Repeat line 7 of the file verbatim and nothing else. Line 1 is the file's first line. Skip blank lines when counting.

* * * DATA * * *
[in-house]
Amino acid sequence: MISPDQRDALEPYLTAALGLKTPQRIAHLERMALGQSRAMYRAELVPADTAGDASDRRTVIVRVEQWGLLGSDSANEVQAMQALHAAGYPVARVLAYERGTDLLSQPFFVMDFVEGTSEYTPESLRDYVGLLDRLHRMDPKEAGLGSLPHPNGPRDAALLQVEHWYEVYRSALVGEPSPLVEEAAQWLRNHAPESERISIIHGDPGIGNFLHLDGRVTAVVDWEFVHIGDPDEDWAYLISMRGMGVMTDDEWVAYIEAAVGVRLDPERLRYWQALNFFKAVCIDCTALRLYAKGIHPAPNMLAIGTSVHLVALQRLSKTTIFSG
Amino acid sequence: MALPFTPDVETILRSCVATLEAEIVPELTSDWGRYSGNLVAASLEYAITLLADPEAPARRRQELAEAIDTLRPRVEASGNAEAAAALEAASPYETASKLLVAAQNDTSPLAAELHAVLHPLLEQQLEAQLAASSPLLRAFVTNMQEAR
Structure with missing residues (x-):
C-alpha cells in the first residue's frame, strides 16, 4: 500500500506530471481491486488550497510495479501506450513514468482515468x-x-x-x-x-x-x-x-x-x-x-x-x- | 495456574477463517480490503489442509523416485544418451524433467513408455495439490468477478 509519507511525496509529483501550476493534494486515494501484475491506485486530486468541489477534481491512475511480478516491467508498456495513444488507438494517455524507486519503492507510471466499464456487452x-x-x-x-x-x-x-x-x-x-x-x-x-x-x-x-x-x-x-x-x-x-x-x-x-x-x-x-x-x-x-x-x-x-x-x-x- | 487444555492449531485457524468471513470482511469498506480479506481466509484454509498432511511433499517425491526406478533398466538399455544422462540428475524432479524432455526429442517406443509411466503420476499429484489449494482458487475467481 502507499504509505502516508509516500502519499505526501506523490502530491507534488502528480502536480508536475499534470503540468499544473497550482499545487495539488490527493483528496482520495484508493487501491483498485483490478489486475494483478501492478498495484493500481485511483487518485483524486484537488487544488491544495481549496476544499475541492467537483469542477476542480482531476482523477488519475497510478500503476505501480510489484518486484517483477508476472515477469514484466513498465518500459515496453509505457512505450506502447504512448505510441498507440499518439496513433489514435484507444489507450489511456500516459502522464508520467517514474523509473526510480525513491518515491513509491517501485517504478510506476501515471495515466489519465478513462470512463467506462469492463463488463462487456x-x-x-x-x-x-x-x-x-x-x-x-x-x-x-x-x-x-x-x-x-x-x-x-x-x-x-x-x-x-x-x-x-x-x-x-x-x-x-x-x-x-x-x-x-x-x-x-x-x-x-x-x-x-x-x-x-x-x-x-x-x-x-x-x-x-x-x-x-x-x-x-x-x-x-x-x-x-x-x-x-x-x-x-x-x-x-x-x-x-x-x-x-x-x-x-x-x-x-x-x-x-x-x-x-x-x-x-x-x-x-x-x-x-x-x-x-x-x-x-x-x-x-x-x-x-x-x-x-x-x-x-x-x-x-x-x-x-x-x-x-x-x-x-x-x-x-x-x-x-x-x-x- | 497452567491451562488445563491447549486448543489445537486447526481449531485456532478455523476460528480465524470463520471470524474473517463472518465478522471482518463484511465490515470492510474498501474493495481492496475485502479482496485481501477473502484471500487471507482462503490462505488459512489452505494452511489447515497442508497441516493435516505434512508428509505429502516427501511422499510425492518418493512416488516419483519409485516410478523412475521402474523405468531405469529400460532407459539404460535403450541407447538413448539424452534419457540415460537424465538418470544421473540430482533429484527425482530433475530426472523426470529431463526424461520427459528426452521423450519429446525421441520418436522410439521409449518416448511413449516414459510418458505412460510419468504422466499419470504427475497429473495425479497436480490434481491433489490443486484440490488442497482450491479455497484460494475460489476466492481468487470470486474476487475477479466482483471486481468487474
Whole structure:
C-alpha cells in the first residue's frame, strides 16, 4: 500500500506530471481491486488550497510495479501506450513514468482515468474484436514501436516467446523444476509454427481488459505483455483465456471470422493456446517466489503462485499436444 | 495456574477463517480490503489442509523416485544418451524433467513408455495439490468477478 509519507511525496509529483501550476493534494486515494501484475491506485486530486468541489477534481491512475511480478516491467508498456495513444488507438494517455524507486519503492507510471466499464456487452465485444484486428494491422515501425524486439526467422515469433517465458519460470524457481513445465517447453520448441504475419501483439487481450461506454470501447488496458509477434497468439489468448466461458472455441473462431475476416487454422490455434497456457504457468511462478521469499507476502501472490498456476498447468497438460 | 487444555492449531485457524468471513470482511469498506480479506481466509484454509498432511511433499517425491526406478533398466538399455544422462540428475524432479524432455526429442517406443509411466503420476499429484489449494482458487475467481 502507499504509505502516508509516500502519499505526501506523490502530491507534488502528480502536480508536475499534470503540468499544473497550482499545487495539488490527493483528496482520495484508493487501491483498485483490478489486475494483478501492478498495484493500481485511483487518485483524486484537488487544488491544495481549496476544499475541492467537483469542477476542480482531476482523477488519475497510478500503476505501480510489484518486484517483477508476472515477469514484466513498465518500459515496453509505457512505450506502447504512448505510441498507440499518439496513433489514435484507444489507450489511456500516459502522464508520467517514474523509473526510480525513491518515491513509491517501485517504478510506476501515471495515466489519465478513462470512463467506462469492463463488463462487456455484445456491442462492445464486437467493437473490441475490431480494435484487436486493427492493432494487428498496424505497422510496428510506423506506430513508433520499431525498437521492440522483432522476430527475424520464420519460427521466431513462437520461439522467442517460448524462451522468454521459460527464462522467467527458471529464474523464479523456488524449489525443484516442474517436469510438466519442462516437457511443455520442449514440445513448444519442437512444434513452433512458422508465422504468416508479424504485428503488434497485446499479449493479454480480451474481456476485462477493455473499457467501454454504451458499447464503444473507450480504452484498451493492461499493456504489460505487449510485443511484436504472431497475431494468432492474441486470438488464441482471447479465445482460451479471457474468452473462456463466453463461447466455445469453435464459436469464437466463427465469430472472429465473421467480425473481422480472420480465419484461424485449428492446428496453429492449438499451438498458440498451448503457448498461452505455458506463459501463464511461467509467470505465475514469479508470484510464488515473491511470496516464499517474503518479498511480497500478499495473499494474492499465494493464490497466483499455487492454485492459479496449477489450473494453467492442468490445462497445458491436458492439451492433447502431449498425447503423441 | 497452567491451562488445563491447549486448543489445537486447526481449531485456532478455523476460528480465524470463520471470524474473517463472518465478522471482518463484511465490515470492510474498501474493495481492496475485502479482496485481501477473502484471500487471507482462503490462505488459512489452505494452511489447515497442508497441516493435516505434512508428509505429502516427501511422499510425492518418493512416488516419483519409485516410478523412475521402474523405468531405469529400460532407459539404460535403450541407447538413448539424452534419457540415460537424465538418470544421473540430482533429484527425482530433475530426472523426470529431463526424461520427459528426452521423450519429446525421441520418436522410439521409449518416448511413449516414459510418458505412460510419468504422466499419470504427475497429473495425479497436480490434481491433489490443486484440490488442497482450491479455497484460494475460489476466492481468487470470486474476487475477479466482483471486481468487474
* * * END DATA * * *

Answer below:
C-alpha cells in the first residue's frame, strides 16, 4: 500500500506530471481491486488550497510495479501506450513514468482515468474484436514501436516467446523444476509454427481488459505483455483465456471470422493456446517466489503462485499436444 | 495456574477463517480490503489442509523416485544418451524433467513408455495439490468477478 509519507511525496509529483501550476493534494486515494501484475491506485486530486468541489477534481491512475511480478516491467508498456495513444488507438494517455524507486519503492507510471466499464456487452465485444484486428494491422515501425524486439526467422515469433517465458519460470524457481513445465517447453520448441504475419501483439487481450461506454470501447488496458509477434497468439489468448466461458472455441473462431475476416487454422490455434497456457504457468511462478521469499507476502501472490498456476498447468497438460 | 487444555492449531485457524468471513470482511469498506480479506481466509484454509498432511511433499517425491526406478533398466538399455544422462540428475524432479524432455526429442517406443509411466503420476499429484489449494482458487475467481 502507499504509505502516508509516500502519499505526501506523490502530491507534488502528480502536480508536475499534470503540468499544473497550482499545487495539488490527493483528496482520495484508493487501491483498485483490478489486475494483478501492478498495484493500481485511483487518485483524486484537488487544488491544495481549496476544499475541492467537483469542477476542480482531476482523477488519475497510478500503476505501480510489484518486484517483477508476472515477469514484466513498465518500459515496453509505457512505450506502447504512448505510441498507440499518439496513433489514435484507444489507450489511456500516459502522464508520467517514474523509473526510480525513491518515491513509491517501485517504478510506476501515471495515466489519465478513462470512463467506462469492463463488463462487456455484445456491442462492445464486437467493437473490441475490431480494435484487436486493427492493432494487428498496424505497422510496428510506423506506430513508433520499431525498437521492440522483432522476430527475424520464420519460427521466431513462437520461439522467442517460448524462451522468454521459460527464462522467467527458471529464474523464479523456488524449489525443484516442474517436469510438466519442462516437457511443455520442449514440445513448444519442437512444434513452433512458422508465422504468416508479424504485428503488434497485446499479449493479454480480451474481456476485462477493455473499457467501454454504451458499447464503444473507450480504452484498451493492461499493456504489460505487449510485443511484436504472431497475431494468432492474441486470438488464441482471447479465445482460451479471457474468452473462456463466453463461447466455445469453435464459436469464437466463427465469430472472429465473421467480425473481422480472420480465419484461424485449428492446428496453429492449438499451438498458440498451448503457448498461452505455458506463459501463464511461467509467470505465475514469479508470484510464488515473491511470496516464499517474503518479498511480497500478499495473499494474492499465494493464490497466483499455487492454485492459479496449477489450473494453467492442468490445462497445458491436458492439451492433447502431449498425447503423441 | 497452567491451562488445563491447549486448543489445537486447526481449531485456532478455523476460528480465524470463520471470524474473517463472518465478522471482518463484511465490515470492510474498501474493495481492496475485502479482496485481501477473502484471500487471507482462503490462505488459512489452505494452511489447515497442508497441516493435516505434512508428509505429502516427501511422499510425492518418493512416488516419483519409485516410478523412475521402474523405468531405469529400460532407459539404460535403450541407447538413448539424452534419457540415460537424465538418470544421473540430482533429484527425482530433475530426472523426470529431463526424461520427459528426452521423450519429446525421441520418436522410439521409449518416448511413449516414459510418458505412460510419468504422466499419470504427475497429473495425479497436480490434481491433489490443486484440490488442497482450491479455497484460494475460489476466492481468487470470486474476487475477479466482483471486481468487474